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Beware the Shifting U.S. Data Sands

by Cynthia Latta

Although data revisions are common and announced in advance, they can still cause considerable confusion. Numbers pulled from a data set one day may be different the next day and different again the day after that. The reason is the difference between "benchmark" revisions, which incorporate updated information on the structure of the economy, and the normal monthly revisions, which result more from including late reports or new seasonal adjustments. Benchmark revisions update extended periods of history and are released separately from the regular monthly or quarterly data releases. The most recent example was the revision of the Federal Reserve's industrial production data. The benchmark revision was released on November 10 and covered the period through September. On November 14, the Fed released the regular monthly report with new data for October, but also the revisions for August and September stemming from the inclusion of late reports and other new information.

A shock wave is coming on December 10, when the Bureau of Economic Analysis will release its benchmark revisions to the national income accounts. This whammy will throw an additional curve—a base-year change. Data pulled either from Global Insight databanks or from the BEA's web site on December 10 will differ from what was there on December 9. The revised data will go only through the second quarter of 2003, so in effect, there will be no revised third-quarter data until the regular monthly GDP release on December 23. Trying to link the new historical data with the preliminary third-quarter GDP data that will be released on November 25 will be inadvisable because of the many conceptual changes in the detail data.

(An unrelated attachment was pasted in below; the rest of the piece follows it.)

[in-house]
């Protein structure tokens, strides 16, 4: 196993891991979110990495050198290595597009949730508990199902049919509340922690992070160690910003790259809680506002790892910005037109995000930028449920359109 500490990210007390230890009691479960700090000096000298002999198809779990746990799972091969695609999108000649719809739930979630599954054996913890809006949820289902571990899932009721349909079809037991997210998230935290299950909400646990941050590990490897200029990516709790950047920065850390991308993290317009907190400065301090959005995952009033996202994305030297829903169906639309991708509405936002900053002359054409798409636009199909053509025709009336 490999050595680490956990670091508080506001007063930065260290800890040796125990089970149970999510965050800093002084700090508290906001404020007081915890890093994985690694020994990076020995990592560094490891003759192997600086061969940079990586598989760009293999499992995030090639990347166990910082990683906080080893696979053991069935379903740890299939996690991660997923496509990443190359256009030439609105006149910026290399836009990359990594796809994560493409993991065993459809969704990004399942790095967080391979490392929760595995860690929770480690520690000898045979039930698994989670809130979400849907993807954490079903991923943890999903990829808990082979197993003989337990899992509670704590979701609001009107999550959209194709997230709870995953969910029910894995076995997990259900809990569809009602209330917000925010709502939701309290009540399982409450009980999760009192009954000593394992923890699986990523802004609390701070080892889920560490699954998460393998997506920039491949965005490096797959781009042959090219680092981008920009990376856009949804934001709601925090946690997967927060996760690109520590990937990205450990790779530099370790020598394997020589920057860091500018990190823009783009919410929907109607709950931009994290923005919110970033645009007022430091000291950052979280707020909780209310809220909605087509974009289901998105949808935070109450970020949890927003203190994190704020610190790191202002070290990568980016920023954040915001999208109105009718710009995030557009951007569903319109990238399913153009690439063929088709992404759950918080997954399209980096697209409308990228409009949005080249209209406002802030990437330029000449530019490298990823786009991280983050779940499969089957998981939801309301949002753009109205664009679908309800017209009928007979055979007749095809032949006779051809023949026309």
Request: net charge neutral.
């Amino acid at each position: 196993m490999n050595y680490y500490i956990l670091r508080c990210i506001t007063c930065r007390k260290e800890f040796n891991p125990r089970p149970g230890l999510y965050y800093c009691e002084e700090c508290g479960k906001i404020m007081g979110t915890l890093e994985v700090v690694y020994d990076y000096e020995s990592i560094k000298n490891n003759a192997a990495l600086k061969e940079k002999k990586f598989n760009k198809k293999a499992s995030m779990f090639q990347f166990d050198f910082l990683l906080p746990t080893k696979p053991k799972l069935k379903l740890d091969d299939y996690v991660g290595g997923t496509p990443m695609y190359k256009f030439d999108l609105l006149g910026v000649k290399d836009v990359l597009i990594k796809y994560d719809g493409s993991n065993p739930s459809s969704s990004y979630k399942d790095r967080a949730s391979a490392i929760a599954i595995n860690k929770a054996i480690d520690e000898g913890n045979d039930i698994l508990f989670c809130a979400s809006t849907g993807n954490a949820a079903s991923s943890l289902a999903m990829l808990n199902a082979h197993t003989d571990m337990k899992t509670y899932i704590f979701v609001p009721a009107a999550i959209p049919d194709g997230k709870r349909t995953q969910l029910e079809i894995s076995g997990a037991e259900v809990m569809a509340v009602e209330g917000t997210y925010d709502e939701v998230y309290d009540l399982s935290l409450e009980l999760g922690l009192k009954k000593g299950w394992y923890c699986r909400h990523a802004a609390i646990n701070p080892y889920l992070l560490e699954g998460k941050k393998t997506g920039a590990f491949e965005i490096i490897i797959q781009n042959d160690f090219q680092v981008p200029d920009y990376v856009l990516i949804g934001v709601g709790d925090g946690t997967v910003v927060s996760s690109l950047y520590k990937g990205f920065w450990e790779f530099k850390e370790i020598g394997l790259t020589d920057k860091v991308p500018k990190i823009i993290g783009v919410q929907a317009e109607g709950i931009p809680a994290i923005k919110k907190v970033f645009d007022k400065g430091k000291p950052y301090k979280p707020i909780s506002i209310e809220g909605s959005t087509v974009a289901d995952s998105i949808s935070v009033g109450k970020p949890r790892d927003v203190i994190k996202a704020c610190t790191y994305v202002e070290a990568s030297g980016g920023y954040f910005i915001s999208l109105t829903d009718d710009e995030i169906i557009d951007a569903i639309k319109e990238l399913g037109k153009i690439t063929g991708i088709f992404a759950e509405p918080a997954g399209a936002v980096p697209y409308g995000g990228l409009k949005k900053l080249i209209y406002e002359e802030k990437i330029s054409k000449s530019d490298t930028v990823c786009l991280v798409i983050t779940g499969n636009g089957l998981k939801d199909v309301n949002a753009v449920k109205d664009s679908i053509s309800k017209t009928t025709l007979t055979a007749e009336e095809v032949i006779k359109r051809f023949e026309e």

This benchmark revision has a further wrinkle. Real GDP will change in level because the base year will change from 1996 to 2000, not just for the total, but for all the pieces. Real GDP will rise in level from this change, while some pieces, like those for computer and software investment—where prices have been falling—will go down sharply. The use of chain weighting means that the base-year shift alone will not affect the growth rates. The revisions to the source data and updating of methodologies and added information will alter growth rates, but chain-weighting arithmetic reduces the impact of the pure base-year shift to zero.

We would advise clients to minimize data access for analytical purposes involving third-quarter national income data between December 10 and 23 and to keep a copy of the late-November GDP release handy.

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